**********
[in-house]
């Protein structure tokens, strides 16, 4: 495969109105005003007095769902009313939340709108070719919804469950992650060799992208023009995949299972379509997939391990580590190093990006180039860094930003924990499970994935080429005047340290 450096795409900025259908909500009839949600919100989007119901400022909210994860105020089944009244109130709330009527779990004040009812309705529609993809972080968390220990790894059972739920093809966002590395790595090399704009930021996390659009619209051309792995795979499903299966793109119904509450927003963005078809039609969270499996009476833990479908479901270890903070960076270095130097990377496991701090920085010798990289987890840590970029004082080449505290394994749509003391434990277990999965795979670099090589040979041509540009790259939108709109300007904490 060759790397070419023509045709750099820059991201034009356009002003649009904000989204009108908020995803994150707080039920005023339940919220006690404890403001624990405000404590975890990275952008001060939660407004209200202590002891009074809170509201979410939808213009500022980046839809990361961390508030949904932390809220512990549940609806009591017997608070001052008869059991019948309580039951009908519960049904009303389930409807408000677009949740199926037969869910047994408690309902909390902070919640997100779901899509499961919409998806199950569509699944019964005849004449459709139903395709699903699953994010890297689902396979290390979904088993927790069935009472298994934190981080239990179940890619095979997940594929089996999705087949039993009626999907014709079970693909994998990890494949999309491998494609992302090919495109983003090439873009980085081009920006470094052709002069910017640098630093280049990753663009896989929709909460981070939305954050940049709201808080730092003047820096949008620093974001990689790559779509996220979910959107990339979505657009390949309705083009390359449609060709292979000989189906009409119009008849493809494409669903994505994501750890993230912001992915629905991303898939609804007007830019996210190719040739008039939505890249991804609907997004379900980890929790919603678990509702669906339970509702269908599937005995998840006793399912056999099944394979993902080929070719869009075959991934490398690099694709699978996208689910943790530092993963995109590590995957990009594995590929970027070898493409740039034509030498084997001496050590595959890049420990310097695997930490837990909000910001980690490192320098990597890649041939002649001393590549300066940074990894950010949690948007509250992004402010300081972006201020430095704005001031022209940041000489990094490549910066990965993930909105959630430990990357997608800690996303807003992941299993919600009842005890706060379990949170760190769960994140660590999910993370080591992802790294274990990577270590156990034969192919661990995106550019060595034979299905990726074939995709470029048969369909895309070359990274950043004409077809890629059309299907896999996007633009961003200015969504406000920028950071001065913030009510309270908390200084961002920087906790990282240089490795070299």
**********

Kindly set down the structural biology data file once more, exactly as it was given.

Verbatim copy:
[in-house]
């Protein structure tokens, strides 16, 4: 495969109105005003007095769902009313939340709108070719919804469950992650060799992208023009995949299972379509997939391990580590190093990006180039860094930003924990499970994935080429005047340290 450096795409900025259908909500009839949600919100989007119901400022909210994860105020089944009244109130709330009527779990004040009812309705529609993809972080968390220990790894059972739920093809966002590395790595090399704009930021996390659009619209051309792995795979499903299966793109119904509450927003963005078809039609969270499996009476833990479908479901270890903070960076270095130097990377496991701090920085010798990289987890840590970029004082080449505290394994749509003391434990277990999965795979670099090589040979041509540009790259939108709109300007904490 060759790397070419023509045709750099820059991201034009356009002003649009904000989204009108908020995803994150707080039920005023339940919220006690404890403001624990405000404590975890990275952008001060939660407004209200202590002891009074809170509201979410939808213009500022980046839809990361961390508030949904932390809220512990549940609806009591017997608070001052008869059991019948309580039951009908519960049904009303389930409807408000677009949740199926037969869910047994408690309902909390902070919640997100779901899509499961919409998806199950569509699944019964005849004449459709139903395709699903699953994010890297689902396979290390979904088993927790069935009472298994934190981080239990179940890619095979997940594929089996999705087949039993009626999907014709079970693909994998990890494949999309491998494609992302090919495109983003090439873009980085081009920006470094052709002069910017640098630093280049990753663009896989929709909460981070939305954050940049709201808080730092003047820096949008620093974001990689790559779509996220979910959107990339979505657009390949309705083009390359449609060709292979000989189906009409119009008849493809494409669903994505994501750890993230912001992915629905991303898939609804007007830019996210190719040739008039939505890249991804609907997004379900980890929790919603678990509702669906339970509702269908599937005995998840006793399912056999099944394979993902080929070719869009075959991934490398690099694709699978996208689910943790530092993963995109590590995957990009594995590929970027070898493409740039034509030498084997001496050590595959890049420990310097695997930490837990909000910001980690490192320098990597890649041939002649001393590549300066940074990894950010949690948007509250992004402010300081972006201020430095704005001031022209940041000489990094490549910066990965993930909105959630430990990357997608800690996303807003992941299993919600009842005890706060379990949170760190769960994140660590999910993370080591992802790294274990990577270590156990034969192919661990995106550019060595034979299905990726074939995709470029048969369909895309070359990274950043004409077809890629059309299907896999996007633009961003200015969504406000920028950071001065913030009510309270908390200084961002920087906790990282240089490795070299």